Voyage of Ulysses, The, $3.99, by Elastico Srl, Italy
A set of ancient stories comes to life on tablet technology, by way of 26 surprise-filled screens. For ages 7-14.
War Horse, $13.99, by Touch Press, UK
This towering achievement in the interactive non-fiction category expertly weaves the complete text of the book with a musical reading and real, non-watered down images from both sides of the conflict. For ages 9-up.
Where Do Balloons Go?, $5.99, by Auryn, Inc., USA
This app explores a simple question with beautiful art and clever interactive techniques. There’s even a balloon theatre, for answering the question your way. For ages 3-8.
Winners and Mentions
WINNER: Four Little Corners by Dada Company, Spain
This delightful story is about helping a square peg as it tries desperately to fit through a round hole, in order to be with friends. This book-inspired app demonstrates that the translation from print to digital needn’t be sophisticated, as long as a good story is involved. The underlying message — that childhood can be a time when fitting in is difficult — struck a chord with the jurors, who noted “Geometric forms have never been so moving or funny.”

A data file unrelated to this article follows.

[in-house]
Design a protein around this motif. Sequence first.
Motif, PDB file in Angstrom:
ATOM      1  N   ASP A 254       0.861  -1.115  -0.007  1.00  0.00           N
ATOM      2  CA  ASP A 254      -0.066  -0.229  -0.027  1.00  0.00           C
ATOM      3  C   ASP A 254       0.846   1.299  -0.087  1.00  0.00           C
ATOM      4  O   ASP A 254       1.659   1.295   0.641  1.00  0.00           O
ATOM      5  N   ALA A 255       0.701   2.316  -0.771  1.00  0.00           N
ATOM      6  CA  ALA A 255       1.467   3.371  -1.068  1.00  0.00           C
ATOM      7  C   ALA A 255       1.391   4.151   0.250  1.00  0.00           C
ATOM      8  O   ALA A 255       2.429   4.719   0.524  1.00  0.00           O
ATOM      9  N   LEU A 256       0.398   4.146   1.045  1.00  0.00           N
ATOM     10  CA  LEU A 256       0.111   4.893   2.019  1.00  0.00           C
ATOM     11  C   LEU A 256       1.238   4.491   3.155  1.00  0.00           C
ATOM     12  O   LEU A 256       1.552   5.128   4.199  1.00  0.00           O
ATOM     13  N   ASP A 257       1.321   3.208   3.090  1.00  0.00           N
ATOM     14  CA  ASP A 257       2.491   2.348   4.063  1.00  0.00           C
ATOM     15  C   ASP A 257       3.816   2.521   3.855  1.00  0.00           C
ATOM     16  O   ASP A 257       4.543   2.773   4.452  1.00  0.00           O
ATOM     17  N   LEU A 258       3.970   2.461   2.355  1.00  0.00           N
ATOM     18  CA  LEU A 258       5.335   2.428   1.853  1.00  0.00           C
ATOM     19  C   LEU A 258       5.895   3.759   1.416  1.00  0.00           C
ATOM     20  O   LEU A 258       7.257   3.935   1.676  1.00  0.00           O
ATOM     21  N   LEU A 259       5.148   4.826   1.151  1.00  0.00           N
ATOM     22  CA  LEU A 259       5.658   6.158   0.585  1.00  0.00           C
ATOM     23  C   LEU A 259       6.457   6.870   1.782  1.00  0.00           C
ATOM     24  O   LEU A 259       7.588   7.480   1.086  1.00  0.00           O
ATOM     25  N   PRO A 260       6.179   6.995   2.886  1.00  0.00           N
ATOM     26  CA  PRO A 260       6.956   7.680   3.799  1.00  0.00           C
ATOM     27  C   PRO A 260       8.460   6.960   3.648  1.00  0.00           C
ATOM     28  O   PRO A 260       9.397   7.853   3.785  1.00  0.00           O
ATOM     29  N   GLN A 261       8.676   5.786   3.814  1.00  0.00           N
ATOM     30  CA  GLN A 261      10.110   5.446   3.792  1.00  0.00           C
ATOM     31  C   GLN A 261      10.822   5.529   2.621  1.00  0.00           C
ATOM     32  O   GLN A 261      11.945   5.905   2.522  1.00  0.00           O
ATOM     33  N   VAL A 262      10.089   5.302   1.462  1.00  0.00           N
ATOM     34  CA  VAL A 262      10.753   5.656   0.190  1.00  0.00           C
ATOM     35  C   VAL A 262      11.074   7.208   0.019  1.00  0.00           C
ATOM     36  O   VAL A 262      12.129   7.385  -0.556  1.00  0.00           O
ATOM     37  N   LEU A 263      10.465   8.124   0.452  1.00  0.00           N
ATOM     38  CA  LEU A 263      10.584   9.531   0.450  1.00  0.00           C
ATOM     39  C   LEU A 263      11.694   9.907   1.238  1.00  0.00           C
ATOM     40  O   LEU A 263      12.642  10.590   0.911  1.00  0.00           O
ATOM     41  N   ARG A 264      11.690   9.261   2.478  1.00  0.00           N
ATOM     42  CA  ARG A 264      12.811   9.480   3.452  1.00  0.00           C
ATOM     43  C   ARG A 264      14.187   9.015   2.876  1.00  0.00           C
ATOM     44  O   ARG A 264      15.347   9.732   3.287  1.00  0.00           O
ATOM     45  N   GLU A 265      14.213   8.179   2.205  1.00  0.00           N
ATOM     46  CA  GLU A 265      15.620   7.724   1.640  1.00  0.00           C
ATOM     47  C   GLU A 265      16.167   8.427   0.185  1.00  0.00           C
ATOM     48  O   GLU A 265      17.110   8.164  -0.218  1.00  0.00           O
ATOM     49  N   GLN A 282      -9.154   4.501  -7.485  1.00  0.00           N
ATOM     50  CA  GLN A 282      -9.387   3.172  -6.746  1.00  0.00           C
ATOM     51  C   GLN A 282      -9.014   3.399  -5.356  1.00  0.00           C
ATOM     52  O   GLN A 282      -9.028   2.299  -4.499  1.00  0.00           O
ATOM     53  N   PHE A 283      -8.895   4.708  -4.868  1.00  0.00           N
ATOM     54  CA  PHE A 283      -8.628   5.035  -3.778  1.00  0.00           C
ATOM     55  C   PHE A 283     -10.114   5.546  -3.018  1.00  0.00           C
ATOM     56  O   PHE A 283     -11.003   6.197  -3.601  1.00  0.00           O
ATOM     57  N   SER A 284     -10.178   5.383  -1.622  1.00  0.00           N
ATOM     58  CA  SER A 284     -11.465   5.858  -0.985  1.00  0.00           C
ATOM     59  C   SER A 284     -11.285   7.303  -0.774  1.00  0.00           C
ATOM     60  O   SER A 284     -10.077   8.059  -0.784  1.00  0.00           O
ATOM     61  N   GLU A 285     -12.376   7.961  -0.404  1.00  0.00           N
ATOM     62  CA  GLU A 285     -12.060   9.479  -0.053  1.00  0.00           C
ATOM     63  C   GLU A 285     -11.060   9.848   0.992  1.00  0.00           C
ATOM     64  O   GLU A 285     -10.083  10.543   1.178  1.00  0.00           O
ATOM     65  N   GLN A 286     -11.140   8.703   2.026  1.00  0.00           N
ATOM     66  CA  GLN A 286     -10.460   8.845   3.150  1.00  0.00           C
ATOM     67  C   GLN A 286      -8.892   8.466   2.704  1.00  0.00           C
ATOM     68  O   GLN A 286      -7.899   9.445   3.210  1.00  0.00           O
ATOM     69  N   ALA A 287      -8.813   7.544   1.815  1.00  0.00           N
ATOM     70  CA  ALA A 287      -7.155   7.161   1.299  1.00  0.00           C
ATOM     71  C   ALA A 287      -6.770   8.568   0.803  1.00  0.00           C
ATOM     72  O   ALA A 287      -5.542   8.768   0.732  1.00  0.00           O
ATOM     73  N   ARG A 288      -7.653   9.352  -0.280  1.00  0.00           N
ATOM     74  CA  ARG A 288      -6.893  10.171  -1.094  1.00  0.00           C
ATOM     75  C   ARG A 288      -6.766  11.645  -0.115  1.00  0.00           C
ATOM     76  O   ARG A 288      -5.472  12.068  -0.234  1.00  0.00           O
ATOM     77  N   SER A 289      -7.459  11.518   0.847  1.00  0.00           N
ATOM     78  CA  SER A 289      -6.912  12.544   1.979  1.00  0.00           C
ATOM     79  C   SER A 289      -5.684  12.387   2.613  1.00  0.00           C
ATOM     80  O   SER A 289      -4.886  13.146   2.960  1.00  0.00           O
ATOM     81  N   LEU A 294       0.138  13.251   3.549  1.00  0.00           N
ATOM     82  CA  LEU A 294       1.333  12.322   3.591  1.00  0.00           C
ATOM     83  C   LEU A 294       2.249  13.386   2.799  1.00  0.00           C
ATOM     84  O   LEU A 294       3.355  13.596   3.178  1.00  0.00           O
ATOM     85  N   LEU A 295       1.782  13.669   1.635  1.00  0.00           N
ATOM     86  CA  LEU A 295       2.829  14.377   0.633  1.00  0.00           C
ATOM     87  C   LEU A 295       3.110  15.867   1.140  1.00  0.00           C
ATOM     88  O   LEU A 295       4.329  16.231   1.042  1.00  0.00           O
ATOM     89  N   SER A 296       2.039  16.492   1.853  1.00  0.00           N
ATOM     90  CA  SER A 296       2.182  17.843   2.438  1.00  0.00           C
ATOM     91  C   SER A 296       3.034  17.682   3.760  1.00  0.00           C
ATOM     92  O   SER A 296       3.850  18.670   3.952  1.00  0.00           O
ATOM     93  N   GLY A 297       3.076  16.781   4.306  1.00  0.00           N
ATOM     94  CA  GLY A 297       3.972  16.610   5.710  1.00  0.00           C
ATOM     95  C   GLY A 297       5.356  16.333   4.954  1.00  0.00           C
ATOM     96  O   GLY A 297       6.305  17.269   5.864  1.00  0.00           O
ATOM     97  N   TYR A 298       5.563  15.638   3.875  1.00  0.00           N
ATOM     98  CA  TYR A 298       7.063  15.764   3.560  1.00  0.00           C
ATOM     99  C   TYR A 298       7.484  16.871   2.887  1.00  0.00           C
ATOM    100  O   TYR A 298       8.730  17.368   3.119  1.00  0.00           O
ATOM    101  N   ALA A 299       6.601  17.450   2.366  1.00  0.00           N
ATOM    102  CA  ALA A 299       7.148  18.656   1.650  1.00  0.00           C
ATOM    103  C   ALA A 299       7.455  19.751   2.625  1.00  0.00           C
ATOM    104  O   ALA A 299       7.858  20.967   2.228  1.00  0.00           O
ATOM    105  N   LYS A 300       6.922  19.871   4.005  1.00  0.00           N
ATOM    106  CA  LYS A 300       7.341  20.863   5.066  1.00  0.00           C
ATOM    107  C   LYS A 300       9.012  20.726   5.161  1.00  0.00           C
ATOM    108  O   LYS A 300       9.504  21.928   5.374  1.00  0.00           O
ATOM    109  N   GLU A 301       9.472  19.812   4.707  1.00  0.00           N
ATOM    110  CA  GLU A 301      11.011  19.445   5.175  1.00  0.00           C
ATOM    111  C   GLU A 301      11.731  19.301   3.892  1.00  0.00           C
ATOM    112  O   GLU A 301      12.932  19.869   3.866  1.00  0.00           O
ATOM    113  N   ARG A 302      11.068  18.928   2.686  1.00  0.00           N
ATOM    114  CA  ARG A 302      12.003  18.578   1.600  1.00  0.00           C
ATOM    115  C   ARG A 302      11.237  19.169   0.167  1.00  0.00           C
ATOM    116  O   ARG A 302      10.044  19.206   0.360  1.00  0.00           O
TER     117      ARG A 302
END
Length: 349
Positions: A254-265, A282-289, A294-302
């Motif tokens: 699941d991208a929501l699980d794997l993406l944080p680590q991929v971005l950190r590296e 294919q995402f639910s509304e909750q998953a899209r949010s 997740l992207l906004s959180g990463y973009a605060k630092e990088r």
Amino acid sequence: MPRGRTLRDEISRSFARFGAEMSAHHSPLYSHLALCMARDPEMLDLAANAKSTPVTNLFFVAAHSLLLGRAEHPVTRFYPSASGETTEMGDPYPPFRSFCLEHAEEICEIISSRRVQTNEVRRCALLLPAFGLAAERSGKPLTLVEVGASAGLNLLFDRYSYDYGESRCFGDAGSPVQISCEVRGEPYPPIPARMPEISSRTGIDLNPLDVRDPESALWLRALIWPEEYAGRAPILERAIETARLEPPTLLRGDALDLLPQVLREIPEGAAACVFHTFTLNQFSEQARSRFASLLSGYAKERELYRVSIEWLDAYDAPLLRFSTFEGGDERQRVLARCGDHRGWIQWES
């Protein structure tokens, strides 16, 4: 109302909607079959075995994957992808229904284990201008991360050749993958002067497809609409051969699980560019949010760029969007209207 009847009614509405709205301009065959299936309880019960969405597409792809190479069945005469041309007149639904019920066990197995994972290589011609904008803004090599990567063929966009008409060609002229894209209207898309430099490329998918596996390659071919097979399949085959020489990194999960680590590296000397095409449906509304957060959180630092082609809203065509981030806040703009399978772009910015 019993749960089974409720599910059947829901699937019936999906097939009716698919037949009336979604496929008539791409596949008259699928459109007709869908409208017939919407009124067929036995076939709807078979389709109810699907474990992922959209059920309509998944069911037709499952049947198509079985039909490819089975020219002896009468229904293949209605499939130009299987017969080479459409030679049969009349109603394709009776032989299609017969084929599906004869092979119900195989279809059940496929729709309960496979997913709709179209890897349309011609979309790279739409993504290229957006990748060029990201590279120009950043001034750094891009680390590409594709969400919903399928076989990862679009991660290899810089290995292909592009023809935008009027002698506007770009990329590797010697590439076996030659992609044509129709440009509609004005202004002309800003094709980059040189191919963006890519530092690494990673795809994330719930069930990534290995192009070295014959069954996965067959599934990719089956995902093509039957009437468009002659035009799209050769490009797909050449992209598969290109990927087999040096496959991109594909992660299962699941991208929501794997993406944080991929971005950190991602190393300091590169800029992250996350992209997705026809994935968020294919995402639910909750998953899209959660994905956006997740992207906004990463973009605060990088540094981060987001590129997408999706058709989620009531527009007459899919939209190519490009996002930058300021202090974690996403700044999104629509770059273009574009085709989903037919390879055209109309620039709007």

MENTION: Monster’s Socks by Martin Hughes, UK
Wonderful, whimsical illustrations meet a good story, and an especially clever scroll-like navigation technique. The story, about a child-like monster in search of his socks – is expertly delivered on the touch screen, where pages are replaced by two simple arrows, letting you move with fluid ease forward or backward through the adventure. You help by making a bridge, sailing a boat or flying home from the moon.
MENTION: Rita the Lizard by Irene Blasco Studio, Spain